I have thought recently about the formative lessons of my years in “higher” education. I have noticed that the lessons that have stuck with me most, that I have referred to most often, are those that offered lessons in living (and not abstract concepts alone).
When I began taking courses in religious studies, a whole world of exploration opened up to me. Rather than telling me there was a right path and set steps that one must follow in order to be a person of faith (or spiritual seeker), my professors reveled in the ways people had wrestled throughout human history with questions of meaning. The question of how I could live a meaningful life drew me to deeper study and ultimately to ministry. Scripture and wisdom texts from the worlds religions are full of stories of people trying to make sense of life and loss, of the natural world and its cycles, and of what it means to live in a way that is aligned with the highest ethical aspirations of which we are capable. Putting my life in conversation with the decisions and mistakes of the characters and historical figures of religious history, was fascinating and frustrating and, at times, illuminating. What would it mean for me to give up everything including my family to pursue a path of enlightenment like the Buddha? If Moses didn’t think he was qualified to lead his people to freedom and yet managed to pull it off, what does that mean for the rest of us? Why are parables so lovely and so opaque?
The biggest questions of existence were laid before us--why is there something rather than nothing? what happens after death? does God exist? what is the meaning or purpose of life? It is this final question which has kept me company and goaded me on ever since my first year in university. This quotation from Rainer Maria Rilke stood out to me, “Be patient toward all that is unsolved in your heart and try to love the questions themselves, like locked rooms and like books that are now written in a very foreign tongue. Do not now seek the answers, which cannot be given you because you would not be able to live them...Live the questions now. Perhaps you will then gradually, without noticing it, live along some distant day into the answer.” Several decades into living the question of meaning, I have found some guideposts if not outright answers. I have found that people of all faith traditions and no faith tradition share this quest for meaning. We all want to live lives that we believe in. We all want to live in such a way that when our last day arrives we will feel good about who we have been and how we have lived.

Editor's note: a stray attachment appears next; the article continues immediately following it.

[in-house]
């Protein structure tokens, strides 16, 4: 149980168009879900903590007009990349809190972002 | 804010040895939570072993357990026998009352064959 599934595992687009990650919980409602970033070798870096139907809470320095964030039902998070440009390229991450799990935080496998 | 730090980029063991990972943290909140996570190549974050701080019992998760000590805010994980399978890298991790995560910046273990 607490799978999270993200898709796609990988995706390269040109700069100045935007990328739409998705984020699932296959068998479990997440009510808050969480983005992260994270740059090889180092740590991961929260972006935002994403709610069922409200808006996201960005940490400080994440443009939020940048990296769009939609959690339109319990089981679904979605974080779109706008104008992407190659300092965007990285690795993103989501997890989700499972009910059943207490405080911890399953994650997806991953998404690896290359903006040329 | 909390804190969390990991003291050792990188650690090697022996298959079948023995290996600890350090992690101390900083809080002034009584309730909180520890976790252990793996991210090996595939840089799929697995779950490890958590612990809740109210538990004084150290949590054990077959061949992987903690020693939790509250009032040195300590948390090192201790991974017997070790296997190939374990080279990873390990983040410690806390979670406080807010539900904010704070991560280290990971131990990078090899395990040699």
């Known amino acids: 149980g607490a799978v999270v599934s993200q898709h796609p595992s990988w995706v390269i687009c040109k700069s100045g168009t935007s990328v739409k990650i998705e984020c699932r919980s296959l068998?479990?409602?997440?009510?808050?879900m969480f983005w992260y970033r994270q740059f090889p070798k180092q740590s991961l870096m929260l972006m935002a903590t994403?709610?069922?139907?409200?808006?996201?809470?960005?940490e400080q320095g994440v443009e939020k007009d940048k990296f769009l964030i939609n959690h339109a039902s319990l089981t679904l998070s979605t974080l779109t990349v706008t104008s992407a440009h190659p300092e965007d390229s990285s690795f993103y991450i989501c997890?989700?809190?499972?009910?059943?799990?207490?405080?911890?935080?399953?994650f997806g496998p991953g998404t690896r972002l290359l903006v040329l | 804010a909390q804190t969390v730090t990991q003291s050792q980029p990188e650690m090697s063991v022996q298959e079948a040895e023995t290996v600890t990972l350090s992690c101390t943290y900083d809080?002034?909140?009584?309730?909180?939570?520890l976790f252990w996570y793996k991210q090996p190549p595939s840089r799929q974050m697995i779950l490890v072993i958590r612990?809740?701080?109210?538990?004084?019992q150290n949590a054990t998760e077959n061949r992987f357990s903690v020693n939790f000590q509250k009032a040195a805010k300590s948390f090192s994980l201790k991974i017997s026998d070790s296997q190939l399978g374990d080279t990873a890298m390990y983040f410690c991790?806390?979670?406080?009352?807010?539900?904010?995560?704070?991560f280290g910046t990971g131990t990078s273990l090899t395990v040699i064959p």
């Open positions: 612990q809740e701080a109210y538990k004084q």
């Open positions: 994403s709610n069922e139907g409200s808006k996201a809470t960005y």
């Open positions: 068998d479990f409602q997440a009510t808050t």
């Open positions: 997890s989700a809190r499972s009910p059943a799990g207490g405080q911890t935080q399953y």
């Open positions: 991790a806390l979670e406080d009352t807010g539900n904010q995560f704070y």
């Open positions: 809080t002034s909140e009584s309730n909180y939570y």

Where do you find meaning? On your worst day, what keeps you going? What adds color and beauty to what might otherwise be monochrome days? When is a solitary source of meaning enough and when do you need company? As different as we can be from one another, I would guess there are some common answers to these questions. Let me conclude with an affirmation we sometimes invoke in our Unitarian Universalist congregation, “For all who see God, may God go with you. For all who embrace life, may life return your affection. For all who seek a right path, may a way be found...And the courage to take it, step by step.” (Robert Mabry Doss)
Rev. Shana Lynngood is co-minister of First Unitarian Church of Victoria. She has lived and served in Victoria since 2010.
You can read more posts on our interfaith blog, Spiritually Speaking HERE
This article was also published in the Times Colonist print edition. You can find it HERE